Mount Holyoke College Language Resource Center

Linguaphiles of the world unite!
This blog is maintained by the staff of the Language Resource Center at Mount Holyoke College. We hope this blog fulfills all your language needs!

cassarilla:

우주 = universe

우주 공간 = outer space

은하수 = Milky Way

은하 = galaxy

태양계 = solar system

대기권 = atmosphere

중력 = gravity

행성 = planet

= star

별똥별 = shooting star/falling star

유성 = meteor

운석 = meteorite

운석구덩이 = meteorite crater

헤성 = comet

성운 = nebula

= moon

태양 = sun

수성 = Mercury

금성 = Venus

지구 = Earth

화성 = Mars

목성 = Jupiter

토성 = Saturn

천왕성 = Uranus

해왕성 = Neptune

명왕성 = Pluto

토성의 고리 = rings of Saturn

천체학 = astronomy

천체물리학 = astrophysics

천체 망원경 = astronomical telescope

사진: 한강, 서울 (Han River, Seoul)

pencilfury:

Catastrophe dans la cuisine.

linguaphilebookofdisquiet:

Vocabulaire

Salut! - Hello!
Bonjour! - Good morning / good day!
Bonsoir! - Good afternoon / evening! (After about 6pm)


Comment allez-vous? - How are you?
They might respond:
Bien, merci. - Fine, thanks.
Bien, et vous? - Fine, what about you?


If you are talking to a friend, you can…

mortecinas:

I think I need to remind myself that I literally have my entire life to study languages and I don’t need to be fluent in everything right now or worry about my growing list of languages that I want to study cause I do have time.

forbeginnersbooks:

image

Most of us have had to learn a foreign language at some point in our lives. Whether in school or for a job, and most of us probably struggled with it. But what if I told you that you can become fluent in a language simply by viewing pictures? Gabriel Wyner gave his insight on how to become…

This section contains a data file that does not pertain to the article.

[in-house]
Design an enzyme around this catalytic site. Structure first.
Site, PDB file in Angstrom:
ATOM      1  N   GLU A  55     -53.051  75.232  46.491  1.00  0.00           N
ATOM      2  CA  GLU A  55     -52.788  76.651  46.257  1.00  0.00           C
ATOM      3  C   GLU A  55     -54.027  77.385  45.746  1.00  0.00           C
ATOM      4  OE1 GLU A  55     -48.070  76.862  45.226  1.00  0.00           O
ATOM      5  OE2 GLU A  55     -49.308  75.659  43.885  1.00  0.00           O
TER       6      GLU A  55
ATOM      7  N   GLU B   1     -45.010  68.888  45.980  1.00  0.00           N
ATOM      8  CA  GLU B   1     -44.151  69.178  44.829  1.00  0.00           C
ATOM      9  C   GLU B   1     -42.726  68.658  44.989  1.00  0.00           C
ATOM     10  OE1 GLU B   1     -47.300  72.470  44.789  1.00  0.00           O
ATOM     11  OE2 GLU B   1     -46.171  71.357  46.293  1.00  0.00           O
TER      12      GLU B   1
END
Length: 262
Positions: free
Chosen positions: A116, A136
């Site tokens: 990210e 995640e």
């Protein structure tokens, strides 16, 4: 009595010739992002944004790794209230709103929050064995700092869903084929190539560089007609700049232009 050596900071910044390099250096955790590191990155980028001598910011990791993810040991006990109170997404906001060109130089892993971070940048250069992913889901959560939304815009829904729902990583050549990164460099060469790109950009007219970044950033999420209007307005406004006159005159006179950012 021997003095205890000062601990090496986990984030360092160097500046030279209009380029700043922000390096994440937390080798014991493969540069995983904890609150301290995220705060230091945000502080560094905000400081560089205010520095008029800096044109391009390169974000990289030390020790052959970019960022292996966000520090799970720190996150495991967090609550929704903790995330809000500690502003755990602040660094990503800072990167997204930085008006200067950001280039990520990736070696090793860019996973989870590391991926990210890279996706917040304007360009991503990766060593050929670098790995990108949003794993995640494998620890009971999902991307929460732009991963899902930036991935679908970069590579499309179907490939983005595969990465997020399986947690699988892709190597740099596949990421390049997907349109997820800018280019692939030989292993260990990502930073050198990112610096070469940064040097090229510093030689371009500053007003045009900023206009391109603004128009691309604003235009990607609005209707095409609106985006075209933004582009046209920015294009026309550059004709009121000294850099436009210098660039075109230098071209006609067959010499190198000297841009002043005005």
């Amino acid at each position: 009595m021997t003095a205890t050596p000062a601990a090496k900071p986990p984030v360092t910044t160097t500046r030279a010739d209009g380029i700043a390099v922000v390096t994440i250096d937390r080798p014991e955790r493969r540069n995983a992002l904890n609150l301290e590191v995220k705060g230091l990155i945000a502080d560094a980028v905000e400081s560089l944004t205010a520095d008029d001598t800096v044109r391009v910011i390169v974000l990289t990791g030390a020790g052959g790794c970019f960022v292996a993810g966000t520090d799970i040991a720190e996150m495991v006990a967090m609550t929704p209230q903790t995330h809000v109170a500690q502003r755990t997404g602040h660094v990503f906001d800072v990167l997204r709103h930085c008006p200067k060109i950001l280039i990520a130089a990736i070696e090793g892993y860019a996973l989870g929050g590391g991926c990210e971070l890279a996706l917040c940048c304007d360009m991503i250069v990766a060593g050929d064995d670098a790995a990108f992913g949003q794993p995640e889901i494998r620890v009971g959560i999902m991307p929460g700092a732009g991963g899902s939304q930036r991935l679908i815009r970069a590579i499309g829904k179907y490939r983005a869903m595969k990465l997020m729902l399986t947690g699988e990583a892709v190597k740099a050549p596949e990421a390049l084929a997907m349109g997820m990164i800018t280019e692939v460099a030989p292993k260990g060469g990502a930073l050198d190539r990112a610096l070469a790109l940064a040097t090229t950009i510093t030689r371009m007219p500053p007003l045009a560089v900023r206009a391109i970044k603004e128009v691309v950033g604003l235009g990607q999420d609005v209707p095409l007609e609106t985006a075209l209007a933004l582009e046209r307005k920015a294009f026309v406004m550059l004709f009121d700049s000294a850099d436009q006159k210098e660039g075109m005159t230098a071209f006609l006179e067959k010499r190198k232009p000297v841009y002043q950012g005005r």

russiangrammar:

лето  (n)
léto

1. summer
ле́том — in summer; in the summer
на ле́то — for the summer
про́шлое ле́то — last summer
2. pl: years, age, summers
пять лет тому́ наза́д — five years ago
Он в лета́х — He is elderly.
Ско́лько вам лет? — How old are you?

coffeeanddonatus:

Grammar grows on trees (1854).

Don’t ever let anyone tell you that grammar doesn’t grow on trees. It’s all here in an Illustrated diagram entitled “The Tree of Knowledge or Key to Grammar,” from O. S. Knapp’s Grammar without a Master; or Key to Grammatical Conversation (Boston: Dayton & Wentworth, 1854; frontispiece). And yes, I was pretty sure before I wrote this post that it’s unlikely that anyone ever told anybody else that grammar actually grows on trees.

theyuniversity:

(Source: Grammar.net)

You can also read up on “who’s” vs. “whose” here.